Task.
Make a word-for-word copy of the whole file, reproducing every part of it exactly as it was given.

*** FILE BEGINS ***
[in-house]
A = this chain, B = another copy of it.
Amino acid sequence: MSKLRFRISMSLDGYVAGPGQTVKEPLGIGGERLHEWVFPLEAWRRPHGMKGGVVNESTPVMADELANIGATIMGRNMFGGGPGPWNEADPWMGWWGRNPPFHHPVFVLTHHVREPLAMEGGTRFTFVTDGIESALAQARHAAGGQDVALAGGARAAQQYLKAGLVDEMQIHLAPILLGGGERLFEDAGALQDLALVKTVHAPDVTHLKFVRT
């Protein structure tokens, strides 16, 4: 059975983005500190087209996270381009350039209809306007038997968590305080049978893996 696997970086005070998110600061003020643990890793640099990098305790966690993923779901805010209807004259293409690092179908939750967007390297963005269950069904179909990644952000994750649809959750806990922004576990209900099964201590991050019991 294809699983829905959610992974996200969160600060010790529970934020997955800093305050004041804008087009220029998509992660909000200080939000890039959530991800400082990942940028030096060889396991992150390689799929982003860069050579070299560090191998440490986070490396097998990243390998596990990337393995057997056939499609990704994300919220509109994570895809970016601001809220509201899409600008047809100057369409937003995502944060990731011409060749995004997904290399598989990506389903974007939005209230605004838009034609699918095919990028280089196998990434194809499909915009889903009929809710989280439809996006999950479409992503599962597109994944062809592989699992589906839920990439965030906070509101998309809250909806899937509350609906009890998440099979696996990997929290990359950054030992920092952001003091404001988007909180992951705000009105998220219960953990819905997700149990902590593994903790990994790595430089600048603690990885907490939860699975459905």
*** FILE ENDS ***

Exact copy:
[in-house]
A = this chain, B = another copy of it.
Amino acid sequence: MSKLRFRISMSLDGYVAGPGQTVKEPLGIGGERLHEWVFPLEAWRRPHGMKGGVVNESTPVMADELANIGATIMGRNMFGGGPGPWNEADPWMGWWGRNPPFHHPVFVLTHHVREPLAMEGGTRFTFVTDGIESALAQARHAAGGQDVALAGGARAAQQYLKAGLVDEMQIHLAPILLGGGERLFEDAGALQDLALVKTVHAPDVTHLKFVRT
């Protein structure tokens, strides 16, 4: 059975983005500190087209996270381009350039209809306007038997968590305080049978893996 696997970086005070998110600061003020643990890793640099990098305790966690993923779901805010209807004259293409690092179908939750967007390297963005269950069904179909990644952000994750649809959750806990922004576990209900099964201590991050019991 294809699983829905959610992974996200969160600060010790529970934020997955800093305050004041804008087009220029998509992660909000200080939000890039959530991800400082990942940028030096060889396991992150390689799929982003860069050579070299560090191998440490986070490396097998990243390998596990990337393995057997056939499609990704994300919220509109994570895809970016601001809220509201899409600008047809100057369409937003995502944060990731011409060749995004997904290399598989990506389903974007939005209230605004838009034609699918095919990028280089196998990434194809499909915009889903009929809710989280439809996006999950479409992503599962597109994944062809592989699992589906839920990439965030906070509101998309809250909806899937509350609906009890998440099979696996990997929290990359950054030992920092952001003091404001988007909180992951705000009105998220219960953990819905997700149990902590593994903790990994790595430089600048603690990885907490939860699975459905």